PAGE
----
The Supreme Court recently handed down a unanimous 8-0 decision by Justice Ginsburg in Abbott v. United States on a criminal sentencing issue. On remand following a GVR, the Sixth Circuit applied Abbott but two judges, Boyce Martin and Gilbert Merritt, just had to let the Justices how wrong they were. Their joint concurring opinion reads in relevant part:
The Supreme Court has now decided that the phrase “any other provision of law” has a meaning exactly opposite to the ordinary meaning of the words. This mode of interpretation was sometimes followed in the early days of the Common Law in the time of Edward I and II in the 13th and 14th Centuries when the judges would sometimes correct the legislative language and reverse the meaning of a statute under a doctrine of interpretation called “The Equity of the Statute.” . . . In this case, a unanimous Supreme Court engaged in a similar instance of 13th Century “originalism” by interpreting the “equity” of a statute to mean just the opposite of what the words say because the Court believed it knew the intended meaning of the statute.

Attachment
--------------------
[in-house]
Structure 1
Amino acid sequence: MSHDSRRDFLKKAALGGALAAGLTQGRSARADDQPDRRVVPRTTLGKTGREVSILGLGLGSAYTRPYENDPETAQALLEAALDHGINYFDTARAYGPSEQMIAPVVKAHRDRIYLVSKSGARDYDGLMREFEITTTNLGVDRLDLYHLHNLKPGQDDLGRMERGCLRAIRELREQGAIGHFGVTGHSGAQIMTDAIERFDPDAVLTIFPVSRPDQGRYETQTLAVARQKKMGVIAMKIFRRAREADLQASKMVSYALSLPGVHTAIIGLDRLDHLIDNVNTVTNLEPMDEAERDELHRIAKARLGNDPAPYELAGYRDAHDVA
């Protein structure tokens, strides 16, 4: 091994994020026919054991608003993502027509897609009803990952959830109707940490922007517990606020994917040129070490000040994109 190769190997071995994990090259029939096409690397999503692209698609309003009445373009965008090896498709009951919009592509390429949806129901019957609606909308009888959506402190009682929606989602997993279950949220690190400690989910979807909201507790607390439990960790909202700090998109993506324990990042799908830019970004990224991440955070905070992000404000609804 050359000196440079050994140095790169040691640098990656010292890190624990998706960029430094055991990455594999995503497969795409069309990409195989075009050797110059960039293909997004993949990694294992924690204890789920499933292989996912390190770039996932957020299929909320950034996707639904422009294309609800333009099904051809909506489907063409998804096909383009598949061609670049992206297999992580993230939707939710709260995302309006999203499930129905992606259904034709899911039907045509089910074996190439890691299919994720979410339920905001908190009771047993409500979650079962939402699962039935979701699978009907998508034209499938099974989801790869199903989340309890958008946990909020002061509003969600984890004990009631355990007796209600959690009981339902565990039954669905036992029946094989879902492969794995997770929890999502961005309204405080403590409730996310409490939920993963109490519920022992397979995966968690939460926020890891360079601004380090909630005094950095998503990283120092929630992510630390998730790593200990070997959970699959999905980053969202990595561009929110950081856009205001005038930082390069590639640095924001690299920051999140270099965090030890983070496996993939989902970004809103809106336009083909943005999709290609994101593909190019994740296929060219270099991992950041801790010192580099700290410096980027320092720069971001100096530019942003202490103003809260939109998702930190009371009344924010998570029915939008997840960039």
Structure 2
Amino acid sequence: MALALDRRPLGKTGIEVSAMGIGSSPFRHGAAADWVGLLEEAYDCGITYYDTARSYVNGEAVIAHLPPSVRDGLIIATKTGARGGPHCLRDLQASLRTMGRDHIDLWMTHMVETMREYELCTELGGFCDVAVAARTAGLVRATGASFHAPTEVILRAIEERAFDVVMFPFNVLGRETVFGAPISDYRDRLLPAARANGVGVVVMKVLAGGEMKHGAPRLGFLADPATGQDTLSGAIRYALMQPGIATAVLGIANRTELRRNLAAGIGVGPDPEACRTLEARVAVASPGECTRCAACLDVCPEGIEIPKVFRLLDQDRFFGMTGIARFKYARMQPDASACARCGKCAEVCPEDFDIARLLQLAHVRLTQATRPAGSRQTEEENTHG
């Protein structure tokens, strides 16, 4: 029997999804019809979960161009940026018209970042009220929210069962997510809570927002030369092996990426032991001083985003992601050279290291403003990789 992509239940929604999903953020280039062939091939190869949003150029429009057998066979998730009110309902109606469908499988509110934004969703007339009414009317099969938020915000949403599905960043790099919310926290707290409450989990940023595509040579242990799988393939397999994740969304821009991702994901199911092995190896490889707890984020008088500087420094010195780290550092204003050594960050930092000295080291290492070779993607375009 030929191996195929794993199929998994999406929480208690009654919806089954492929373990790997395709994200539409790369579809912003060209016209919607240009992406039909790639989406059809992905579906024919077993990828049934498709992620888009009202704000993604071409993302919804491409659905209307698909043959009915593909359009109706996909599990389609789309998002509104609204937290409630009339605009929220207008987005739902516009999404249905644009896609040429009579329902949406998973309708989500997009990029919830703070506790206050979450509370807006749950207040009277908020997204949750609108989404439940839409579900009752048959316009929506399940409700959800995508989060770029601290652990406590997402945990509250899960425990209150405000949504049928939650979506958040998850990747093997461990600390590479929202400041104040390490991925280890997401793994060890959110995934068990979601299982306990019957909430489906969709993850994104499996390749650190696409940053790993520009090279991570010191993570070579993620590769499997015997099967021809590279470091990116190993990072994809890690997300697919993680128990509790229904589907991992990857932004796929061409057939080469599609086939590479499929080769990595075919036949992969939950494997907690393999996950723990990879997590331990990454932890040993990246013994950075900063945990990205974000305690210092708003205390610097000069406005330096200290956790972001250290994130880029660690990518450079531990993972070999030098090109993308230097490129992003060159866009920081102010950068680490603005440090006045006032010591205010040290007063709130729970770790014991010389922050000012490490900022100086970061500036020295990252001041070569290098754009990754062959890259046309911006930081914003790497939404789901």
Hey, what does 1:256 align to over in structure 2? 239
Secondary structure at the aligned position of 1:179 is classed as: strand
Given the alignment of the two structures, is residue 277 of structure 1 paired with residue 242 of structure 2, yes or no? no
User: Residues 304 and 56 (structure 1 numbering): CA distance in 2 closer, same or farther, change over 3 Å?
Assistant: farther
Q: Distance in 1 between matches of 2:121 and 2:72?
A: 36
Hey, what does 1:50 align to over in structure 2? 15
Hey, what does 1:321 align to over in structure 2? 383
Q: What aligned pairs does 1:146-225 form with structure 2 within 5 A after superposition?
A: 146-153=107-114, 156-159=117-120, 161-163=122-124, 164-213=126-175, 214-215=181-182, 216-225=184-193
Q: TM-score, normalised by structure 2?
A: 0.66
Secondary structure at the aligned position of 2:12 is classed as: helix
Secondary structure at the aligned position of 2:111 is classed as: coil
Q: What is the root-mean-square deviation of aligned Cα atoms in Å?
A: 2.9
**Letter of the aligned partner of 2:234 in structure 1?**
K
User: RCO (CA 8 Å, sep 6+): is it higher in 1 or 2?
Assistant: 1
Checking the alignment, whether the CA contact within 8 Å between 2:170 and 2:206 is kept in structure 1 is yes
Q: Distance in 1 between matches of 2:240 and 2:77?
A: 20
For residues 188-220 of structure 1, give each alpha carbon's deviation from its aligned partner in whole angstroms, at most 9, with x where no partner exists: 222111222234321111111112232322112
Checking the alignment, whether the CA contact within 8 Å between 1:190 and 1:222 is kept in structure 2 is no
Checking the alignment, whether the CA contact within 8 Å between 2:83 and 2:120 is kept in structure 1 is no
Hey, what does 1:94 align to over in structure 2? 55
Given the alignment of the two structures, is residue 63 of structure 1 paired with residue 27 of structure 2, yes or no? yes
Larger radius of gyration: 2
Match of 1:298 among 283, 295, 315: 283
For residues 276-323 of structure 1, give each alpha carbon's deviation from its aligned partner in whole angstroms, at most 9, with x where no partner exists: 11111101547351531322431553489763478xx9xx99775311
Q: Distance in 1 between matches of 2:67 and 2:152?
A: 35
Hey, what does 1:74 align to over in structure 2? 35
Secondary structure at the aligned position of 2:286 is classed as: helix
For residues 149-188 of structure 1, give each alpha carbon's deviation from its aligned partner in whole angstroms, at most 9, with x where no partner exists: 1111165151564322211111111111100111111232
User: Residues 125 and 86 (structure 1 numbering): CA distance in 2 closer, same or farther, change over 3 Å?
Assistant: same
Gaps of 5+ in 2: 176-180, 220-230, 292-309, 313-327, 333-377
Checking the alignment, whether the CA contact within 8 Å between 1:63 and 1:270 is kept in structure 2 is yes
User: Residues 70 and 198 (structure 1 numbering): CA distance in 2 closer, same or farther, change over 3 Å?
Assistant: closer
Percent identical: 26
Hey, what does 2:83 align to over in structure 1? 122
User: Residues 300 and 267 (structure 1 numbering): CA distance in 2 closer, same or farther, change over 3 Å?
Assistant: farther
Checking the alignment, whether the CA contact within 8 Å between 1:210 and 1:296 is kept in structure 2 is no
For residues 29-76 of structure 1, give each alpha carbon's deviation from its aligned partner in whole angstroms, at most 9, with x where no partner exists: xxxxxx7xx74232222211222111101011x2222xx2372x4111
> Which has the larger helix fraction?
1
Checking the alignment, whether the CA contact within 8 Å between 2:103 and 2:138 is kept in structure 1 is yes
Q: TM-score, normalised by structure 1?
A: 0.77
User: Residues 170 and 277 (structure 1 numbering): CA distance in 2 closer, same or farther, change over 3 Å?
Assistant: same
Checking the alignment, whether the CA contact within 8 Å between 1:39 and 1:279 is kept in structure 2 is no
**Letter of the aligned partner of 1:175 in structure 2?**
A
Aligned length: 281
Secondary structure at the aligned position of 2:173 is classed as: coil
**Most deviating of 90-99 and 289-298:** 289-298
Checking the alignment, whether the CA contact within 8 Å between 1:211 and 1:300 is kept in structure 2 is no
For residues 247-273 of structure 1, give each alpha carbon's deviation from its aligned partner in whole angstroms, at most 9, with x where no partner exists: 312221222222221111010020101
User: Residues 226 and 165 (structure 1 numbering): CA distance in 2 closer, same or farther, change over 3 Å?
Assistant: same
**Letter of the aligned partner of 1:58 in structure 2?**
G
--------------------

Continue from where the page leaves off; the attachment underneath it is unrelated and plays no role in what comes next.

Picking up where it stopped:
. . . [A]pparently the rule of lenity based on ambiguous language does not operate when the court resorts to the “Equity of the Statute” to give it a construction opposite to the meaning the words ordinarily signify because the Court knows that what the legislature intended was not what it wrote. Nothing is mentioned about an ex post facto problem when a statute is interpreted contrary to its words. The Supreme Court is “final but not infallible” and we must follow their interpretation of statutes. The “Equity of the Statute” doctrine is alive and well — although unmentioned by the Supreme Court — more than seven centuries after its origin at common law.
Now that’s chutzpah.
Thanks to How Appealing for the link.